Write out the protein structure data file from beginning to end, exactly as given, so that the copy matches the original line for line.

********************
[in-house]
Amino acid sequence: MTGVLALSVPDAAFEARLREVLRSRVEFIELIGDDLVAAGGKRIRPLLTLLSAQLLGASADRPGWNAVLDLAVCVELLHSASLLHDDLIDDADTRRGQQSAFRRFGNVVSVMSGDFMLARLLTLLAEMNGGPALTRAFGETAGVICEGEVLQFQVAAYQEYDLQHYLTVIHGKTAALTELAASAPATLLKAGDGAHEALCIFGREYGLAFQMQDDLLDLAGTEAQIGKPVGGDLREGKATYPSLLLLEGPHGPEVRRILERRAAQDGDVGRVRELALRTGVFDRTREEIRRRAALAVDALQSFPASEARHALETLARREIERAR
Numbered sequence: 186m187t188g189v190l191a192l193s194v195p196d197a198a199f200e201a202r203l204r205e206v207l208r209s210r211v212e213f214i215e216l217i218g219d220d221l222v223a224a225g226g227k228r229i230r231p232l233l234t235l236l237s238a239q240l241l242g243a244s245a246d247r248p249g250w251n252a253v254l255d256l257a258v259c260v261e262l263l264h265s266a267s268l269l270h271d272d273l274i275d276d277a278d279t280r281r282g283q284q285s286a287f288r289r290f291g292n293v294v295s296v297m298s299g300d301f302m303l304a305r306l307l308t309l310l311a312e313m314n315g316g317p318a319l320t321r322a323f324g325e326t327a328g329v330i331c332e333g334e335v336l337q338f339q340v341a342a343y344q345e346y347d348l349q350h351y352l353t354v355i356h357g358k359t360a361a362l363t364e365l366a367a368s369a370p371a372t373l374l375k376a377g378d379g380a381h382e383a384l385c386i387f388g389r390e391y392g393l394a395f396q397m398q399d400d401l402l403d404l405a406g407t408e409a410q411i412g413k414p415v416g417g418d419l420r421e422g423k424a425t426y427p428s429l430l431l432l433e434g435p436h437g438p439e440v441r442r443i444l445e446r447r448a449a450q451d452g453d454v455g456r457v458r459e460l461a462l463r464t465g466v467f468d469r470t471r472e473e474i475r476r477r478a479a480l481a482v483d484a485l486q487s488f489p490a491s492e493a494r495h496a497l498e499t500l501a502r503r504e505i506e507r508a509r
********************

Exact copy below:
[in-house]
Amino acid sequence: MTGVLALSVPDAAFEARLREVLRSRVEFIELIGDDLVAAGGKRIRPLLTLLSAQLLGASADRPGWNAVLDLAVCVELLHSASLLHDDLIDDADTRRGQQSAFRRFGNVVSVMSGDFMLARLLTLLAEMNGGPALTRAFGETAGVICEGEVLQFQVAAYQEYDLQHYLTVIHGKTAALTELAASAPATLLKAGDGAHEALCIFGREYGLAFQMQDDLLDLAGTEAQIGKPVGGDLREGKATYPSLLLLEGPHGPEVRRILERRAAQDGDVGRVRELALRTGVFDRTREEIRRRAALAVDALQSFPASEARHALETLARREIERAR
Numbered sequence: 186m187t188g189v190l191a192l193s194v195p196d197a198a199f200e201a202r203l204r205e206v207l208r209s210r211v212e213f214i215e216l217i218g219d220d221l222v223a224a225g226g227k228r229i230r231p232l233l234t235l236l237s238a239q240l241l242g243a244s245a246d247r248p249g250w251n252a253v254l255d256l257a258v259c260v261e262l263l264h265s266a267s268l269l270h271d272d273l274i275d276d277a278d279t280r281r282g283q284q285s286a287f288r289r290f291g292n293v294v295s296v297m298s299g300d301f302m303l304a305r306l307l308t309l310l311a312e313m314n315g316g317p318a319l320t321r322a323f324g325e326t327a328g329v330i331c332e333g334e335v336l337q338f339q340v341a342a343y344q345e346y347d348l349q350h351y352l353t354v355i356h357g358k359t360a361a362l363t364e365l366a367a368s369a370p371a372t373l374l375k376a377g378d379g380a381h382e383a384l385c386i387f388g389r390e391y392g393l394a395f396q397m398q399d400d401l402l403d404l405a406g407t408e409a410q411i412g413k414p415v416g417g418d419l420r421e422g423k424a425t426y427p428s429l430l431l432l433e434g435p436h437g438p439e440v441r442r443i444l445e446r447r448a449a450q451d452g453d454v455g456r457v458r459e460l461a462l463r464t465g466v467f468d469r470t471r472e473e474i475r476r477r478a479a480l481a482v483d484a485l486q487s488f489p490a491s492e493a494r495h496a497l498e499t500l501a502r503r504e505i506e507r508a509r